The `ADDRESS` formula in Google Sheets returns a cell reference as a string, given the row and column numbers. It can also return an absolute or relative reference, and can include sheet name in the reference. This formula is most commonly used to create dynamic references in other formulas or to create a cell reference based on certain criteria.

## Usage

Use the `ADDRESS` formula with the syntax shown below, it has 2 required parameters and 3 optional parameters:

Parameters:
1. row (required):
The row number of the cell reference, starting from 1 (integer).
2. column (required):
The column number of the cell reference, starting from 1 (integer).
3. absolute_relative_mode (optional):
Optional. A number that specifies the reference type: 1 for absolute, 2 for relative, 3 for mixed row and absolute column, 4 for absolute row and mixed column (integer). Default is 1 (absolute).
4. use_a1_notation (optional):
Optional. A logical value that specifies whether to use A1 notation (TRUE) or R1C1 notation (FALSE) for the reference. Default is TRUE.
5. sheet (optional):
Optional. A text value that specifies the sheet name to include in the reference. If omitted, the reference will be to the current sheet.

## Examples

Here are a few example use cases that explain how to use the `ADDRESS` formula in Google Sheets.

### Creating dynamic references

By using the `ADDRESS` formula in combination with other formulas, you can create dynamic references that change based on certain criteria. For example, you can use it to create a reference to a cell that is a certain number of rows or columns away from another cell, or to create a reference to a cell based on the value in another cell.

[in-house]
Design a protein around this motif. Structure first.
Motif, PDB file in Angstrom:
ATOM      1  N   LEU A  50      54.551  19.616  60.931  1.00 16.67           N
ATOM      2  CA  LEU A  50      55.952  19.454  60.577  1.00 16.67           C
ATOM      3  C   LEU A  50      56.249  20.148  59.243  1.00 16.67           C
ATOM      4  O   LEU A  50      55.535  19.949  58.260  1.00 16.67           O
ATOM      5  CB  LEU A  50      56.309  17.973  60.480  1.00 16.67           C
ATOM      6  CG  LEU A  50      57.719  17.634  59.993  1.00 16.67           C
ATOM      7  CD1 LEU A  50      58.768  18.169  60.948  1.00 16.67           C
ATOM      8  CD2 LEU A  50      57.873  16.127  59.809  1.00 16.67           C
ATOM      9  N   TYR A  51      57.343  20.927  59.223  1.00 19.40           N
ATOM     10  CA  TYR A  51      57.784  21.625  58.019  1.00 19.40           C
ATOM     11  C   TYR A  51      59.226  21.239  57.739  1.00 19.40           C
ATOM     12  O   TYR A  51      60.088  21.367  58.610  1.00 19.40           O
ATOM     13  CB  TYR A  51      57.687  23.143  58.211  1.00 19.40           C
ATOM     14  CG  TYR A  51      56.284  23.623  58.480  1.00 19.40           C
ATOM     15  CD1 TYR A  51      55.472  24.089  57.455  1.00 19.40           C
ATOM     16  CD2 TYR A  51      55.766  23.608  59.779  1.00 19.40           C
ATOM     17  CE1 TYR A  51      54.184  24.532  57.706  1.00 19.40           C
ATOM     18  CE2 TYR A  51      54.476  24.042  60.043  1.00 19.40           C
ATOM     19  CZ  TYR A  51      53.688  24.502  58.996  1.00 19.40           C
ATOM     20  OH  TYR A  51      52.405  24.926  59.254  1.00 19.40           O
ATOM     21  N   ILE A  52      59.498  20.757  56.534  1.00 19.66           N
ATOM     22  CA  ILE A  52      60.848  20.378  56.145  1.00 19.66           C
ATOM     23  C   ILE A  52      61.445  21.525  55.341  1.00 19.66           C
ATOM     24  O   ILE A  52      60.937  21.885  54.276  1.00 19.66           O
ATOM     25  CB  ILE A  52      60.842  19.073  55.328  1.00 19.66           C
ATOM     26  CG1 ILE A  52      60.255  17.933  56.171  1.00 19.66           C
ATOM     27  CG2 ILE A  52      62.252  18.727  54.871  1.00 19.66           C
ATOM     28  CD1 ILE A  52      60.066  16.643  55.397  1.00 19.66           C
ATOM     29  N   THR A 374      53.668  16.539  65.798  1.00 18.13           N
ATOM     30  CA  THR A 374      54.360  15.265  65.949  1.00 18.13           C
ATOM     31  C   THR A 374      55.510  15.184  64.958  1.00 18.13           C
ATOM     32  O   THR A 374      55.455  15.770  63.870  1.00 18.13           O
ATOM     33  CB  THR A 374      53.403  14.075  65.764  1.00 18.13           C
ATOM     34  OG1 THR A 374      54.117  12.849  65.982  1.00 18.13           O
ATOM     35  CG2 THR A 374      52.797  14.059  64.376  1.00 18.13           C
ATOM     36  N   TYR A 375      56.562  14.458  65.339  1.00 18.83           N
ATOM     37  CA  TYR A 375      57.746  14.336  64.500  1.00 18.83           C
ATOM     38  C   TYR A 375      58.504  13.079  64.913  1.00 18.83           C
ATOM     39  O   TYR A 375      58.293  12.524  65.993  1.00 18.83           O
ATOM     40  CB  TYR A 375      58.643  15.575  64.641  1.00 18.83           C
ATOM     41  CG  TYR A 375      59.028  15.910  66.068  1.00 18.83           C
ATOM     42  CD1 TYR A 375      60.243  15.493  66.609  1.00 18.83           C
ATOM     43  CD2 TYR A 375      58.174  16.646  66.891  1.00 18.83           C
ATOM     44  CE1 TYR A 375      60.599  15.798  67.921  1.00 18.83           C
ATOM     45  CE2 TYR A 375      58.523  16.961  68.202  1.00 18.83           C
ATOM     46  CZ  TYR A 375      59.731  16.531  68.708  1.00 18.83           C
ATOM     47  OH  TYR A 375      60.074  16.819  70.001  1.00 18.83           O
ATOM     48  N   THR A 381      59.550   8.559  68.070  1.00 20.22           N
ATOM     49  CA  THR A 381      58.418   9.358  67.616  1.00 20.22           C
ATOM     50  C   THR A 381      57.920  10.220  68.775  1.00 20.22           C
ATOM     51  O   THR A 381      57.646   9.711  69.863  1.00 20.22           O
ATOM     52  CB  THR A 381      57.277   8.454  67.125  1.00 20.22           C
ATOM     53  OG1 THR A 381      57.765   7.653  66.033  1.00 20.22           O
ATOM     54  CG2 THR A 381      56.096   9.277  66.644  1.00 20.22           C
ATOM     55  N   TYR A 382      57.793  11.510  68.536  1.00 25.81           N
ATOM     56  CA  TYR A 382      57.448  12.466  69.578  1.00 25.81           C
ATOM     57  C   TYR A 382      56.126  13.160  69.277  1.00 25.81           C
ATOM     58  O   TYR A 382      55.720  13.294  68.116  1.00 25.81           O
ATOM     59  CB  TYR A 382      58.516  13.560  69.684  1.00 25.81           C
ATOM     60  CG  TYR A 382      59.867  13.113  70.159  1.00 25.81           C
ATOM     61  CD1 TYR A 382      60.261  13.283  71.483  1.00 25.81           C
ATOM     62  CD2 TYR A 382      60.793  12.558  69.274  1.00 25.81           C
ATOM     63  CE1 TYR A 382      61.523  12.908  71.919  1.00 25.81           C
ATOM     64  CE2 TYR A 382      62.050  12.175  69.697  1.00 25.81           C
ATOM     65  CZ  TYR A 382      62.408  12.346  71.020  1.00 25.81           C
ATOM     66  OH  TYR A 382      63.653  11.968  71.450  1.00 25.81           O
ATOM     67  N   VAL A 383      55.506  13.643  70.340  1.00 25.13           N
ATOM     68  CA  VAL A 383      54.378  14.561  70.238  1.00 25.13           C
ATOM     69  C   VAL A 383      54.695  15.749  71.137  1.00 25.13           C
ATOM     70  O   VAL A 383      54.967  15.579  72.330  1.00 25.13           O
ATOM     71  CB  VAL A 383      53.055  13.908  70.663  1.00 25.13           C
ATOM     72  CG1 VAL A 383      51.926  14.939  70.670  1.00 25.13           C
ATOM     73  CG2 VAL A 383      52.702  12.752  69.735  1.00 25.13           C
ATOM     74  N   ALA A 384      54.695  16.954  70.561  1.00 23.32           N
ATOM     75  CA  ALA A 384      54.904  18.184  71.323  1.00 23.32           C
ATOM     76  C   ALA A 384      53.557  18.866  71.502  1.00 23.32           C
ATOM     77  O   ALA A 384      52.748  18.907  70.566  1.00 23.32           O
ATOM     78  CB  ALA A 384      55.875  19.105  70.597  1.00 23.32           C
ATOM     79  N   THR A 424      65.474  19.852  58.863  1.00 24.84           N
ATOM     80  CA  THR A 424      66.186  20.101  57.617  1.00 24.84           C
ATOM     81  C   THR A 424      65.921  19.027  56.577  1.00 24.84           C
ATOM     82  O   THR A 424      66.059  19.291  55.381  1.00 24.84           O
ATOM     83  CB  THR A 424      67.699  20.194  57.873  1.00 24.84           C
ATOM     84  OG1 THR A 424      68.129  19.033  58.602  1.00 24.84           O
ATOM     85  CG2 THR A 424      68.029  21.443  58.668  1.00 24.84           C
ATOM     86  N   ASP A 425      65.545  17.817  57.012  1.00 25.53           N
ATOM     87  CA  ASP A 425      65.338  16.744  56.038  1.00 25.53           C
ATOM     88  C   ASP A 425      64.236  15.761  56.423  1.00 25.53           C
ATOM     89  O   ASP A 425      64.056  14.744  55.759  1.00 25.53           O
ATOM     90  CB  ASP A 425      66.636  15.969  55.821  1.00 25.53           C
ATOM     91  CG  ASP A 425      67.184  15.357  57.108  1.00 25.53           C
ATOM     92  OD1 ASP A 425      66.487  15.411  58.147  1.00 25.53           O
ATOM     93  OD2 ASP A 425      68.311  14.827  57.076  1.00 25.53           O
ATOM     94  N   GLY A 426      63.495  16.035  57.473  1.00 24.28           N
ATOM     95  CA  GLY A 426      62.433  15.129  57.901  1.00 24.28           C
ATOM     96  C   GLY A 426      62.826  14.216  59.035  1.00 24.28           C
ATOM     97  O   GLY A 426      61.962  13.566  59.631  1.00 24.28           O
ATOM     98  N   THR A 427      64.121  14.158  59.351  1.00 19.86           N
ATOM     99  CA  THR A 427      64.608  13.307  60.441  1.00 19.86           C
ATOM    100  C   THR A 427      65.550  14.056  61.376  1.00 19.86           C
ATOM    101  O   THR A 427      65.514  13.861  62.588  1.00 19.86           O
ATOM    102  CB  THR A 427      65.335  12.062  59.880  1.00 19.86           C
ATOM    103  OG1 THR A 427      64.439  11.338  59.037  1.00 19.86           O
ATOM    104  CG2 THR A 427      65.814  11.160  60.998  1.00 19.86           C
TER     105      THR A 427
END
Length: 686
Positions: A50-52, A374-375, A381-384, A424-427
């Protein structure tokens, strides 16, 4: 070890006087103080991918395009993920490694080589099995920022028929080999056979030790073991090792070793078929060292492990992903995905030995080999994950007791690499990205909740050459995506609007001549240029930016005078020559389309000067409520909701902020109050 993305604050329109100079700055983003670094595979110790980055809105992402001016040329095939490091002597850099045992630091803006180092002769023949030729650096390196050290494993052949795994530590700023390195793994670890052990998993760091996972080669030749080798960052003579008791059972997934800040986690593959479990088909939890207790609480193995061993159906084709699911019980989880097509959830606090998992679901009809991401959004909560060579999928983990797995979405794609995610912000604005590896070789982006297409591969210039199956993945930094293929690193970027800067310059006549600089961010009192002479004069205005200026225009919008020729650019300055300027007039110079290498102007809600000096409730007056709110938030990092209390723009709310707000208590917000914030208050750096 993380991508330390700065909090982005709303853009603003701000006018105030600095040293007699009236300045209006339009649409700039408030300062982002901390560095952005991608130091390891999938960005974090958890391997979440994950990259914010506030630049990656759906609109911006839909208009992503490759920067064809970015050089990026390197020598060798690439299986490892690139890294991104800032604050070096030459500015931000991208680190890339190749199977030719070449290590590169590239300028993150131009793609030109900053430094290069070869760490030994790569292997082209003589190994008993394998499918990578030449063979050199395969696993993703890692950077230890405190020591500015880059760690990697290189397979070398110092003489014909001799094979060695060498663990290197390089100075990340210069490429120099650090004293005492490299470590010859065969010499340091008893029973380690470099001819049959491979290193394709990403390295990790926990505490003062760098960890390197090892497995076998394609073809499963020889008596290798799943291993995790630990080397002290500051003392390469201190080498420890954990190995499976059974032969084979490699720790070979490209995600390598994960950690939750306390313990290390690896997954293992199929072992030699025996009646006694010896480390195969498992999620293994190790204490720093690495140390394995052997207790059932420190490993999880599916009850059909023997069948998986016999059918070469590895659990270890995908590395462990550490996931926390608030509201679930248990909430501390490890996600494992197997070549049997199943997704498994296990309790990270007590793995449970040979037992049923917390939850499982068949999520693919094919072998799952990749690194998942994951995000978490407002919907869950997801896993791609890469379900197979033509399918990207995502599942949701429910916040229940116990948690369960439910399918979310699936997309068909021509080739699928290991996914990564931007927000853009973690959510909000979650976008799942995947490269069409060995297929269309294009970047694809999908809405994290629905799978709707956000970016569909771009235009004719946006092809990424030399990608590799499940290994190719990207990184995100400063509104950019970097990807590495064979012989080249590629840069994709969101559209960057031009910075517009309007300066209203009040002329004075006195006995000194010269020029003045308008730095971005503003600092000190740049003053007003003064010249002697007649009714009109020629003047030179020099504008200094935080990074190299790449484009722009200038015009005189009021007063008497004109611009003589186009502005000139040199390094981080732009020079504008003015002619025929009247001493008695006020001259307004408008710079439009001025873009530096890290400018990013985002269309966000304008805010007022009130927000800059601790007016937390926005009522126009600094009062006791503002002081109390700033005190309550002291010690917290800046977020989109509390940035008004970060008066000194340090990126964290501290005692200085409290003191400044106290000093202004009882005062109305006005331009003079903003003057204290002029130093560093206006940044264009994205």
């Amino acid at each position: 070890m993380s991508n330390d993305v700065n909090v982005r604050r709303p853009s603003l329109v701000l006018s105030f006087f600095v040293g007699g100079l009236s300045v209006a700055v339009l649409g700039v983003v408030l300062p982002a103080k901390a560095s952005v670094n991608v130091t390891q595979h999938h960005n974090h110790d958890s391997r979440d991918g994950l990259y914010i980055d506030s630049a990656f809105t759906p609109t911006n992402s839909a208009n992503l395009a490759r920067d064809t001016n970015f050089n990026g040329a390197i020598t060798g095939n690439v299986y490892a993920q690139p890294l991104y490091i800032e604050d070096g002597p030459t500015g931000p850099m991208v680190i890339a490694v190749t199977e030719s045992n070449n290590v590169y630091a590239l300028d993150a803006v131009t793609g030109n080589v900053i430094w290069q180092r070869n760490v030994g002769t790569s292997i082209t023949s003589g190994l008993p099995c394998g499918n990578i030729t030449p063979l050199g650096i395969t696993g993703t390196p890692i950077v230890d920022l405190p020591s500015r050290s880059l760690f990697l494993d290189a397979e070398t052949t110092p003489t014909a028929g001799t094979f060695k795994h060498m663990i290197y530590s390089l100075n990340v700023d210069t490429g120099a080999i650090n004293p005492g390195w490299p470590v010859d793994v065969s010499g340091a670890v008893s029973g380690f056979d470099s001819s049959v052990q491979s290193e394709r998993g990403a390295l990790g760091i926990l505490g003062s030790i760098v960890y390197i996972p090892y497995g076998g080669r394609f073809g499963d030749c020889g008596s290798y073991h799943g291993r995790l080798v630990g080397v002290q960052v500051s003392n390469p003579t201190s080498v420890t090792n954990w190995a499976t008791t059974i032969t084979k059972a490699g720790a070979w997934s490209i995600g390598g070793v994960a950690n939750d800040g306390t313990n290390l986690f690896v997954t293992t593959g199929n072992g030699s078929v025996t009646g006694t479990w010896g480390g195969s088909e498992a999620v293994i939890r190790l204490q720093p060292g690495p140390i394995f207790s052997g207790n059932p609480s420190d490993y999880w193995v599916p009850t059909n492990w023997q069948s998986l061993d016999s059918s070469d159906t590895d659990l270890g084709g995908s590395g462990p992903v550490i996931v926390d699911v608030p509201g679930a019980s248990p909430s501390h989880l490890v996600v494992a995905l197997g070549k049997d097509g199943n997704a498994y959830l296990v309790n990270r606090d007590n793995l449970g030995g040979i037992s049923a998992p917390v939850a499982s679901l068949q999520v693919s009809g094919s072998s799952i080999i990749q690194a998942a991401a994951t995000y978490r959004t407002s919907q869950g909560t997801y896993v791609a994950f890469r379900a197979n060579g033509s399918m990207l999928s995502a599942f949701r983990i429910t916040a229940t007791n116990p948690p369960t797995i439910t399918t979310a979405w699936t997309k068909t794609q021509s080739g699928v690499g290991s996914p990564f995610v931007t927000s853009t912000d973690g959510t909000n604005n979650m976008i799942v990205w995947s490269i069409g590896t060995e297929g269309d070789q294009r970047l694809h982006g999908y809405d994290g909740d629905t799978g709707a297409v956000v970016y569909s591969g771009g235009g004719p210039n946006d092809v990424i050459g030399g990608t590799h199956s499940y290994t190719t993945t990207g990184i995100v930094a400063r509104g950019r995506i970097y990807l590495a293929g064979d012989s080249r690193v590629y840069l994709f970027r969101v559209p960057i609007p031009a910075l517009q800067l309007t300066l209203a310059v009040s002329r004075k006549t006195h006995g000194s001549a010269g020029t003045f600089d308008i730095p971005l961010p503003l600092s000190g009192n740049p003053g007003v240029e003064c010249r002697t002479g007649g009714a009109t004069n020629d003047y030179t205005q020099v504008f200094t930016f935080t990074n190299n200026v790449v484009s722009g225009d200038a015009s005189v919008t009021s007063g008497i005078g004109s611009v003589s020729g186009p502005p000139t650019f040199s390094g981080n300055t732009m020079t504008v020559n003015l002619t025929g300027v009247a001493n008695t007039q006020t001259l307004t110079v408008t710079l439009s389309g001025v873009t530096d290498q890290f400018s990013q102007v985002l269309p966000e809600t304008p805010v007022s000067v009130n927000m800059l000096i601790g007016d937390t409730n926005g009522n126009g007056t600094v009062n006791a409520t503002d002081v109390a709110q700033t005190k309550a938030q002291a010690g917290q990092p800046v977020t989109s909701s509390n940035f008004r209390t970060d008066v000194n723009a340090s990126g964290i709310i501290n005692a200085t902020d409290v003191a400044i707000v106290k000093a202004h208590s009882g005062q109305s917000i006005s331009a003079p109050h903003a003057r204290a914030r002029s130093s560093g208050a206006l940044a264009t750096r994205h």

### Creating range references

The `ADDRESS` formula can also be used to create range references by combining it with other formulas. For example, you can use it to create a reference to an entire column or row by referencing the first and last cells in the column or row.

### Creating cell references with sheet names

If you have multiple sheets in your spreadsheet, you can use the `ADDRESS` formula to create cell references that include the sheet name. This can be useful if you want to reference cells in other sheets from a formula.

## Common Mistakes

`ADDRESS` not working? Here are some common mistakes people make when using the `ADDRESS` Google Sheets Formula:

### Missing arguments

Users may forget to include all required arguments, such as the row and column numbers.

### Incorrect cell reference

Users may reference the wrong cell or range, causing the formula to return an error or incorrect result.

### Incorrect use of absolute/relative mode

Users may misunderstand how to use the absolute/relative mode argument, causing the formula to return unexpected results.

### Incorrect use of A1 notation

Users may misunderstand how to use the A1 notation argument, causing the formula to return unexpected results.

### Incorrect sheet reference

Users may reference the wrong sheet name or index, causing the formula to return an error or incorrect result.

The following functions are similar to `ADDRESS` or are often used with it in a formula:

• `INDIRECT`

The `INDIRECT` formula is used to return a cell reference specified by a string. This can be useful when you need to dynamically reference a cell based on the value in another cell. The `INDIRECT` formula can also be used to reference cells in other sheets or workbooks.

• `OFFSET`

The `OFFSET` formula in Google Sheets returns a cell or range of cells that is a specified number of rows and columns from a starting cell reference. This formula is most commonly used to create dynamic ranges that can expand or contract as data is added or removed from a sheet.

• `MATCH`

The `MATCH` formula is used to search for a specified value within a range and returns the relative position of the value within the range. This formula is commonly used in conjunction with the `INDEX` formula to retrieve a value from a specific cell in a range. The `search_type` parameter is optional and determines the type of match to be performed, such as exact match, less than, or greater than.

• `INDEX`

The `INDEX` formula in Google Sheets is used to return a value or reference of a cell at the intersection of a specified row and column in a given range. The formula is commonly used to lookup and retrieve values from a table or range of cells.

You can learn more about the `ADDRESS` Google Sheets function on Google Support.